Question put accordingly:

    Division No. 221.]


    [12.02 a.m.

    Allaun, FrankFletcher, Alex (Edinburgh N)Marks, Kenneth
    Armstrong, ErnestFletcher, Raymond (Ilkeston)Marshall, Dr Edmund (Goole)
    Ashton, JoeFletcher, Ted (Darlington)Marshall, Jim (Leicester S)
    Atkins, Ronald (Preston N)Forrester, JohnMaynard, Miss Joan
    Atkinson, NormanFraser, John (Lambeth, N'w'd)Mellish, Rt Hon Robert
    Bates, AlfFreeson, ReginaldMendelson, John
    Bean, R. E.Freud, ClementMillan, Bruce
    Beith, A. J.Garrett, W. E. (Wallsend)Miller, Mrs Millie (Ilford N)
    Bidwell, SydneyGeorge, BruceMitchell, R. C. (Soton, Itchen)
    Bishop, E. S.Golding, JohnMurray, Rt Hon Ronald King
    Boothroyd, Miss BettyGould, BryanNewens, Stanley
    Bradley, TomGrant, George (Morpeth)Noble, Mike
    Buchan, NormanGrant, John (Islington C)Ogden, Eric
    Callaghan, Rt Hon J (Cardiff SE)Grocott, BruceO'Halloran, Michael
    Callaghan, Jim (Middleton & P)Harrison, Walter (Wakefield)O'Malley, Rt Hon Brian
    Carmichael, NellHatton, FrankOvenden, John
    Castle, Rt Hon BarbaraHooson, EmlynPalmer, Arthur
    Clemitson, IvorHoram, JohnPark, George
    Cocks, Michael (Bristol S)Howell, Denis (B'ham, Sm H)Parry, Robert
    Cohen, StanleyHoyle, Doug (Nelson)Pavitt, Laurie
    Concannon, J. D.Hughes, Robert (Aberdeen, N)Penhallgon, David
    Conlan, BernardHughes, Roy (Newport)Prescott, John
    Cook, Robin F. (Edin C)Hunter, AdamPrice, C. (Lewisham W)
    Cox, Thomas (Tooting)Jackson, Miss Margaret (Lincoln)Radice, Giles
    Craigen, J. M. (Maryhill)Janner, GrevilleRoberts, Gwilym (Cannock)
    Crawshaw, RichardJohn, BrynmorRodgers, George (Choriey)
    Cryer, BobJones, Alec (Rhondda)Hooker, J. W.
    Cunningham, Dr J. (Whiteh)Kerr, RussellRoper, John
    Dalyell, TamLamborn, HarryRose, Paul B.
    Davidson, ArthurLamond, JamesRoss, Stephen (Isle of Wight)
    Deakins, ErieLestor, Miss Joan (Eton & Slough)Ryman, John
    Delargy, HughLewis, Arthur (Newham N)Selby, Harry
    Dell, Rt Hon EdmundLoyden, EddieShort, Rt Hon E. (Newcastle C)
    Dempsey, JamesLuard, EvanSilkin, Rt Hon John (Deptford)
    Doig, PeterLyons, Edward (Bradford W)Sillars, James
    Douglas-Mann, BruceMabon, Dr J. DicksonSkinner, Dennis
    Duffy, A. E. P.McCartney, HughSmall, William
    Dunn, James A.McElhone, FrankSmith, Cyril (Rochdale)
    Eadie, AlexMcGuire, Michael (Ince)Smith, John (N Lanarkshire)
    Edge, GeoffMcMillan, Tom (Glasgow C)Spriggs, Leslie
    Ellis, John (Brigg & Scun)McNamara, KevinSproat, Iain
    English, MichaelMadden, MaxStallard, A. W.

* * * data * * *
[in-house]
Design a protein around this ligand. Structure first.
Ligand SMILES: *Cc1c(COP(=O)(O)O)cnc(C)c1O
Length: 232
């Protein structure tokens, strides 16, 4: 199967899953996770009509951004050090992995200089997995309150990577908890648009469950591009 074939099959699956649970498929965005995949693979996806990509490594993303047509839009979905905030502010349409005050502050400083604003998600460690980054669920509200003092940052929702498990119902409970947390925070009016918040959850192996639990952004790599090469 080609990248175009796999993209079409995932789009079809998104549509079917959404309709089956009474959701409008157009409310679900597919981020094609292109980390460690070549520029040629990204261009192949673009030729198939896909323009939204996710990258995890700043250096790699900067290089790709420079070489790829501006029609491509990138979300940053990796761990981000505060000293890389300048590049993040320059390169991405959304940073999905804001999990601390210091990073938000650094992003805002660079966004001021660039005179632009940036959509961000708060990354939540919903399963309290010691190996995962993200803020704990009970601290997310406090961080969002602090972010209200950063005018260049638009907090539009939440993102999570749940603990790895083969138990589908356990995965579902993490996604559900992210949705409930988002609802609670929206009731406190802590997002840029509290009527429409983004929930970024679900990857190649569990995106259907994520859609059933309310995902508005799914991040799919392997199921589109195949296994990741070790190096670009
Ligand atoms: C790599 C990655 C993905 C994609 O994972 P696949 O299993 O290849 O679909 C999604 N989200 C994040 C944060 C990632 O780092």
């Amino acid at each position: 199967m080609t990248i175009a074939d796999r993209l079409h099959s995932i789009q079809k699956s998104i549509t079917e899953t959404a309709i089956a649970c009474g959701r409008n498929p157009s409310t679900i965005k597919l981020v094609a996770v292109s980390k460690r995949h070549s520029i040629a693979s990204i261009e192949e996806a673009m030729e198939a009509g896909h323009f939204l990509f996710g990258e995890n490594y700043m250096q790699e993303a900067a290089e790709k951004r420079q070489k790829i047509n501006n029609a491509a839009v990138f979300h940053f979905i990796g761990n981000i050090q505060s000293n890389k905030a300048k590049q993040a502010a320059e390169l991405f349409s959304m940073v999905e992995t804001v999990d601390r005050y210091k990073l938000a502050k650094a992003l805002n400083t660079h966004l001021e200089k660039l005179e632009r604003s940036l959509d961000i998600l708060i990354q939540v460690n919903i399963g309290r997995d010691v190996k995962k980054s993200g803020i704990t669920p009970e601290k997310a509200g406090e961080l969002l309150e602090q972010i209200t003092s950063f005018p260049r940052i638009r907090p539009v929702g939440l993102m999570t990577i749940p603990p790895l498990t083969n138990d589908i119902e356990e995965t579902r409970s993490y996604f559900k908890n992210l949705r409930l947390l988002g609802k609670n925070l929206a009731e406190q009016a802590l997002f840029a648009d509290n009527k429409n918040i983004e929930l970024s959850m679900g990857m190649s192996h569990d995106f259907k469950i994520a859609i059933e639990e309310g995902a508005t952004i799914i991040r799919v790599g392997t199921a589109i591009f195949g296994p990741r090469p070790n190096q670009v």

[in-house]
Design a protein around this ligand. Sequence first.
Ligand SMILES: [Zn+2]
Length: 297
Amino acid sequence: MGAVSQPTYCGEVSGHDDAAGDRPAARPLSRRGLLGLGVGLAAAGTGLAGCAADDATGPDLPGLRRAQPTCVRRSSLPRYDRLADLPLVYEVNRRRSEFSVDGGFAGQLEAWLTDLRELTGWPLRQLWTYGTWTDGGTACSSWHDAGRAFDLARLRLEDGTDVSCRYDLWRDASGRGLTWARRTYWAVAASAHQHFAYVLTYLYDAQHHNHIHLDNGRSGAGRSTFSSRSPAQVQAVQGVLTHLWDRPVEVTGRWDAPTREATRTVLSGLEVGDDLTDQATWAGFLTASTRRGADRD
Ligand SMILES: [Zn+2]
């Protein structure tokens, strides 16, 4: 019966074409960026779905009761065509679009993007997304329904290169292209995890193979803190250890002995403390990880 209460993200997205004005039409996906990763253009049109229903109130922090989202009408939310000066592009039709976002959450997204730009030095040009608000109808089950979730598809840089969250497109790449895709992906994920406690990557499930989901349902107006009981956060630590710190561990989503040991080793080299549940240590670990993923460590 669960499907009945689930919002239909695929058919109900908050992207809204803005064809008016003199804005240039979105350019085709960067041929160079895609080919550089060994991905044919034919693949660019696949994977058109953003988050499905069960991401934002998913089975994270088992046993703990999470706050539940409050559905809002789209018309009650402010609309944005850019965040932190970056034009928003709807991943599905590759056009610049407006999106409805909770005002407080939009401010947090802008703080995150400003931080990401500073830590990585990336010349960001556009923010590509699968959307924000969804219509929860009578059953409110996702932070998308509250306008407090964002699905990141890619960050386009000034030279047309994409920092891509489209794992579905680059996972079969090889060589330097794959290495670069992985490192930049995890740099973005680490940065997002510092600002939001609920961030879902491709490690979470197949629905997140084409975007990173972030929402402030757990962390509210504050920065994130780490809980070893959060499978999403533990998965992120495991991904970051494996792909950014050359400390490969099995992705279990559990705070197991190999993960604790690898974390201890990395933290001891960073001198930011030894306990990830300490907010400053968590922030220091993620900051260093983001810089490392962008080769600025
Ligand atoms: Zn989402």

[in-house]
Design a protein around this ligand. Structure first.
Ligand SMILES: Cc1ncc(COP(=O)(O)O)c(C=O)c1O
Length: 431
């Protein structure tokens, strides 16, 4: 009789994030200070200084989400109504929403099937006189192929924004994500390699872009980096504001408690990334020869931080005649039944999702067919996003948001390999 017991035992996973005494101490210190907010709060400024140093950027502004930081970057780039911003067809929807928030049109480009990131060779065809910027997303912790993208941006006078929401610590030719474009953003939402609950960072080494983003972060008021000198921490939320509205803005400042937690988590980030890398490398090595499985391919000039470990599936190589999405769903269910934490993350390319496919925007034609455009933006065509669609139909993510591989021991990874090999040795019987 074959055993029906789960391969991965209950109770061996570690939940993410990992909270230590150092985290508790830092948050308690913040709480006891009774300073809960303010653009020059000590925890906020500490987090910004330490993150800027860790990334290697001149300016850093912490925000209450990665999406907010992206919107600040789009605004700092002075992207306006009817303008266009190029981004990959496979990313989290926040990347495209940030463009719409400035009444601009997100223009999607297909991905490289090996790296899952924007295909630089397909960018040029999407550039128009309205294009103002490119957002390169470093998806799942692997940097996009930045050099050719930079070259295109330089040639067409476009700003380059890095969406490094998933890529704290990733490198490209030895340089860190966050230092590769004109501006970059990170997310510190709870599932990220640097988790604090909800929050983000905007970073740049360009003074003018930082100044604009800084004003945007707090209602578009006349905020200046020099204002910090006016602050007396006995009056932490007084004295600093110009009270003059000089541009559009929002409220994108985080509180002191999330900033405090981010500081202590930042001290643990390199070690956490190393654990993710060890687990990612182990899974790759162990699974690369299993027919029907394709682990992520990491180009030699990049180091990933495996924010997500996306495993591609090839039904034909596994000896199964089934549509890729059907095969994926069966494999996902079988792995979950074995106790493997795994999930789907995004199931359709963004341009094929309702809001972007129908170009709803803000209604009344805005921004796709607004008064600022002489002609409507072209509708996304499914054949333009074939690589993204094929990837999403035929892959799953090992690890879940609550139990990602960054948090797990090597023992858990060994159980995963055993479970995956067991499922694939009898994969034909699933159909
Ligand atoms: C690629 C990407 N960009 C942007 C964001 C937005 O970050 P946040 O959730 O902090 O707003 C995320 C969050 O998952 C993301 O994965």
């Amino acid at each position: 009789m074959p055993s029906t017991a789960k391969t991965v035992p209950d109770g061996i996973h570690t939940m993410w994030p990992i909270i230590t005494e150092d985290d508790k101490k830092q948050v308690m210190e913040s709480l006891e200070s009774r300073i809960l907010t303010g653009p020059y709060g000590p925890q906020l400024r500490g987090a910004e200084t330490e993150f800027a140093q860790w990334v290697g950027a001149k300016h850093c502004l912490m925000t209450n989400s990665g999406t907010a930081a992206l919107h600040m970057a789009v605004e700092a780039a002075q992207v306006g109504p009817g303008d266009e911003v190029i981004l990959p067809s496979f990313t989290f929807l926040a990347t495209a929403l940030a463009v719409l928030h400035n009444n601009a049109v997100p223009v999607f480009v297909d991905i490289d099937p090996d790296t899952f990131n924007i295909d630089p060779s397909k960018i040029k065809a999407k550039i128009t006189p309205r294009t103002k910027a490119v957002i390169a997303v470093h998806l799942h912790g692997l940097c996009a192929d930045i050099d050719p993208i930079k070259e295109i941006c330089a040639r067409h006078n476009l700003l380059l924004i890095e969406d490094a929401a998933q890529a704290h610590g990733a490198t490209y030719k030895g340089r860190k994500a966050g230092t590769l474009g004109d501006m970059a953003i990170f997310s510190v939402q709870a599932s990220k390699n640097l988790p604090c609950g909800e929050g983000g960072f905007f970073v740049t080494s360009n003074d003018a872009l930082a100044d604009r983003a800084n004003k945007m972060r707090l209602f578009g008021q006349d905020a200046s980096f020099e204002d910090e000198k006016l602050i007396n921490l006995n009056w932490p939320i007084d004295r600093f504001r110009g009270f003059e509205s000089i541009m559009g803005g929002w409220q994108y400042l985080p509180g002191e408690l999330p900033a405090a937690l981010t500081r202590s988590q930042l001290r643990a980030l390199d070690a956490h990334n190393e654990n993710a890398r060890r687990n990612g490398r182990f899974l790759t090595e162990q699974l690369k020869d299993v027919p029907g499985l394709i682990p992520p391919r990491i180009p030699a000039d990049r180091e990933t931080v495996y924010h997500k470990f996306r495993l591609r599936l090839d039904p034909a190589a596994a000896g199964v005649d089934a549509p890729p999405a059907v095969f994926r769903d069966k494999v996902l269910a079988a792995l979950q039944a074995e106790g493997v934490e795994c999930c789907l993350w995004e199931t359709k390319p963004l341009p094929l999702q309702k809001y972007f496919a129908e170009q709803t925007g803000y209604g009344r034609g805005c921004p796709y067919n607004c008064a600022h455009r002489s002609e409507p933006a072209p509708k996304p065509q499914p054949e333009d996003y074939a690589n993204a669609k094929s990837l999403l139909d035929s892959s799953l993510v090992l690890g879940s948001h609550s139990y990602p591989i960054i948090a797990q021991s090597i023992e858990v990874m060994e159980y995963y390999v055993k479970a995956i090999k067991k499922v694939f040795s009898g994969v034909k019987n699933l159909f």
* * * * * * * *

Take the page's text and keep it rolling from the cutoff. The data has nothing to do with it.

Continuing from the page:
Evans, John (Newton)Magee, BryanStewart, Rt Hon M. (Fulham)
    Ewing, Harry (Stirling)Mahon, SimonStoddart, David
    Flannery, MartinMallalieu, J. P. W.Stott, Roger

    The House divided: Ayes 154, Noes 104.

    Strang, GavinVarley, Rt Hon Eric G.Wise, Mrs Audrey
    Taylor, Mrs Ann (Bolton W)Wainwright, Edwin (Dearne V)Woodall, Alec
    Thomas, Ron (Bristol NW)Walker, Terry (Kingswood)Young, David (Bolton E)
    Thorne, Stan (Preston South)Ward, Michael
    Thorpe, Rt Hon Jeremy (N Devon)Wellbeloved, James


    Tomlinson, JohnWhite, Frank R. (Bury)Mr. Joseph Harper and
    Torney, TomWilliams, Alan (Swansea W)Mr. J. D. Dormand.
    Urwin, T. W.Wilson, William (Coventry SE)


    Altken, JonathanKing, Evelyn (South Dorset)Page, Rt Hon R. Graham (Crosby)
    Arnold, TomKnight, Mrs JillParkinson, Cecil
    Atkins, Rt Hon H. (Spelthorne)Knox, DavidPattle, Geoffrey
    Biffen, JohnLamont, NormanPercival, Ian
    Boscawen, Hon RobertLatham, Michael (Melton)Peyton, Rt Hon John
    Brown, Sir Edward (Bath)Lawrence, IvanPowell, Rt Hon J. Enoch
    Bulmer, EsmondLeadbitter, TedPrior, Rt Hon James
    Burden, F. A.Le Marchant, SpencerRathbone, Tim
    Butler, Adam (Bosworth)Lloyd, IanRawlinson, Rt Hon Sir Peter
    Chalker, Mrs LyndaLuce, RichardRenton, Tim (Mid-Sussex)
    Clarke, Kenneth (Rushcliffe)McCrindle, RobertRhys Williams, Sir Brandon
    Cope, JohnMacGregor, JohnRidley, Hon Nicholas
    Crouch, DavidMacmillan, Rt Hon M- (Farnham)Rippon, Rt Hon Geoffrey
    Crowder, F. P.McNair-Wilson, M. (Newbury)Roberts, Michael (Cardiff NW)
    Dean, Paul (N Somerset)McNair-Wilson, P. (New Forest)Rossi, Hugh (Hornsey)
    Edwards, Nicholas (Pembroke)Madel, DavidShaw, Giles (Pudsey)
    Elliott, Sir WilliamMarshall, Michael (Arundel)Shelton, William (Streatham)
    Fairgrieve, RussellMather, CarolShepherd, Colin
    Fletcher-Cooke, CharlesMaxwell-Hyslop, RobinSims, Roger
    Fowler, Norman (Sutton C'f'd)Mayhew, PatrickSinclair, Sir George
    Gardiner, George (Reigate)Miller, Hal (Bromsgrove)Speed, Keith
    Godber, Rt Hon JosephMoate, RogerStokes, John
    Gower, Sir Raymond (Barry)Molyneaux, JamesStradling, Thomas, J.
    Grieve, PercyMonro, HectorTaylor, Teddy (Cathcart)
    Grist, IanMontgomery, FergusTebbit, Norman
    Harvie Anderson, Rt Hon MissMorgan, GeraintTownsend, Cyril D.
    Hawkins, PaulMorrison, Charles (Devizes)Trotter, Neville
    Higgins, Terence L.Morrison, Hon Peter (Chester)Vaughan, Dr Gerard
    Hordern, Peter
    Hunt, JohnNeave, AlreyViggers, Peter
    Hutchison, Michael ClarkNelson, AnthonyWeatherill, Bernard
    James, DavidNeubert, MichaelWinterton, Nicholas
    Jones, Arthur (Daventry)Newton, Tony
    Jopling, MichaelNormanton, Tom


    Kaberry, Sir DonaldOnslow, CranleyMr. W. Benyon and
    Kellett-Bowman, Mrs ElaineOppenhelm, Mrs SallyMr. Fred Silvester.
    Kershaw, AnthonyOsborn, John

    Question accordingly agreed to.



    1. There shall be a Standing Committee, to be called the Standing Committee on Regional Affairs, which shall consider any matter or matters relating to regional affairs in England which may be referred to them.

    2. All Members sitting for constituencies in England shall be members of the Standing Committee, together with not more than five other Members to be nominated by the Committee of Selection, who shall have power from time to time to discharge the Members so nominated by them and to appoint others in substitution for those discharged, and the provisions of Standing Orders Nos. 62 (Nomination of standing committees) and 63 (Attendance of law officers and ministers in standing committees) shall not apply.

    3. A Motion may be made by a Minister of the Crown at the commencement of Public Business to the effect that a specified matter or matters relating to regional affairs in England be referred to the Standing Committee for their consideration, and the Question thereon shall be put forthwith; and if, on the Question being put, not less than twenty Members rise in their places and signify their objection thereto, Mr. Speaker shall declare that the Noes have it.

    4. The Committee shall consider the matter or matters referred to them on a motion 'That the Committee have considered the matter or matters'; and the Chairman shall put any Question necessary to dispose of the proceedings on such a motion, if not previously concluded, when the Committee shall have sat for two and a half hours after the commencement of those proceedings; and the Committee shall thereupon report to the House that they have considered the matter or matters without any further Question being put.